Office gossip and the office grapevine are as old as the workplace and as difficult to manage as the people and processes in them. Human beings can rarely resist "spilling the beans" when they hear a juicy tidbit of information, whether it's about work or a colleague.
In some offices, telling tales is a well-refined sport nearly all workers play. If information is power, then gossip is a power play that gets perfected by the most savvy, and often the most ambitious, people at work.
This doesn't mean all gossip and rumors are bad. Psychologists point out that sharing information with co-workers and colleagues can actually be a bonding process – demonstrating to others they're included and vital members of a group. Gossip and rumors can also keep members of a tightly knit group together and operating by the same value system or set of standards.
But when rumors and gossip are damaging, they need to be dealt with firmly and swiftly by upper management and human resource professionals before they harm reputations, damage careers, or destroy morale and productivity among workers.
Getting Control of Gossip
You won't be able to stop all the gossip and rumor-spreading behavior in your organization. Some workers engage in this kind of activity almost as a hobby or a diversion from what they're supposed to be doing.
What can a manager do? First, set an example of the kind of behavior that's expected and follow these rules:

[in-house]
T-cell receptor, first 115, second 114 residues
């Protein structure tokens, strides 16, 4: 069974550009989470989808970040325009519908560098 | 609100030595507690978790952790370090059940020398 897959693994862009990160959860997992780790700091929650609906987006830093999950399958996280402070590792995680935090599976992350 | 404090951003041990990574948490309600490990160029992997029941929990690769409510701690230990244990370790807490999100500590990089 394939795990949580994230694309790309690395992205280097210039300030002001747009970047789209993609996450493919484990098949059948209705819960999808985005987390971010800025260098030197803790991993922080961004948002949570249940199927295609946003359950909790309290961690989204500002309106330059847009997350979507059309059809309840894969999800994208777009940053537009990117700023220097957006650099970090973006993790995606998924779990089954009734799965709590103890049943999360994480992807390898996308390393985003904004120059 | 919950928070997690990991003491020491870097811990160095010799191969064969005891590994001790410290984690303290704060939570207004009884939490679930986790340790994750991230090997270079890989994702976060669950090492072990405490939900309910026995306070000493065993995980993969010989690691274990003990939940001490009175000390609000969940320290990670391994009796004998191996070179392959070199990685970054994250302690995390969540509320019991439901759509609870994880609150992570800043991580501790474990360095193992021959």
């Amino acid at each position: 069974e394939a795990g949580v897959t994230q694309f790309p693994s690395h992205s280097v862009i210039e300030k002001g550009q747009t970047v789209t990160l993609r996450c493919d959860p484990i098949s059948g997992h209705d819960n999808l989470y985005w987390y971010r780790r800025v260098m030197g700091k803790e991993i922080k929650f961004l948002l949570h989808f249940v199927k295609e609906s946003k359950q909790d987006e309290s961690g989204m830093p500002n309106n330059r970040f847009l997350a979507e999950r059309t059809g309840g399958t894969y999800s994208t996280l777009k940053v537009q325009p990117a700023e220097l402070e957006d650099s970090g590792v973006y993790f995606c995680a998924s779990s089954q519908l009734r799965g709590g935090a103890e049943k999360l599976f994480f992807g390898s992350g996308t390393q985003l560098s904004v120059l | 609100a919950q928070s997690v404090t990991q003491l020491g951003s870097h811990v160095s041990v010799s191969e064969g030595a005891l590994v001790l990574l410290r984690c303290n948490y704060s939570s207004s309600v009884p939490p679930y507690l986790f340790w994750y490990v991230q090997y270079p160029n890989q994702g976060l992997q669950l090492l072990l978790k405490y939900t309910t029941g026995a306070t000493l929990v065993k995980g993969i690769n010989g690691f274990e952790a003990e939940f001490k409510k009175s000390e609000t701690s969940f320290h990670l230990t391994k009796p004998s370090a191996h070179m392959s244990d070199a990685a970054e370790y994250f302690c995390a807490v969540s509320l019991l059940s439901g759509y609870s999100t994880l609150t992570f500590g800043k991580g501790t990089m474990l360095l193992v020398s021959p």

• When you have something to say to or about someone, do it directly,
• When you hear others gossiping, intervene as appropriate, and
• Counter negative comments with positive ones.
Some people are a little dense about getting the message. If there's a persistent gossip in the office who tries to engage you in conversations about other people, you have a number of choices:
• Walk away – Don't respond, lecture or admonish, just turn and leave.
• Take control of the conversation – Maneuver the conversation to a work-related or neutral subject.
• Shut it down – Use definitive, emphatic language such as "I am not comfortable talking about ___________."
• Explain your own personal code – Let the gossip know why you won't listen to whatever it is that's up for offer by saying, "I don't like talking about other people, because I don't like other people talking about me." This is a sure-fire conversation stopper.
• Expose the gossip: This one will take some real courage, but it will usually do more to stop gossip in its tracks than anything else. Reply to the gossip, "I hadn't hear that about _____. Let's go ask him/her about it."
In most cases, it's probably wise to start with a more subtle reaction to the gossiper's information. You can then escalate responses depending on their reaction.
SESCO Management Consultants is available to assist with your human resource issues. You may contact us by phone at 423-764-4127 or by email at firstname.lastname@example.org.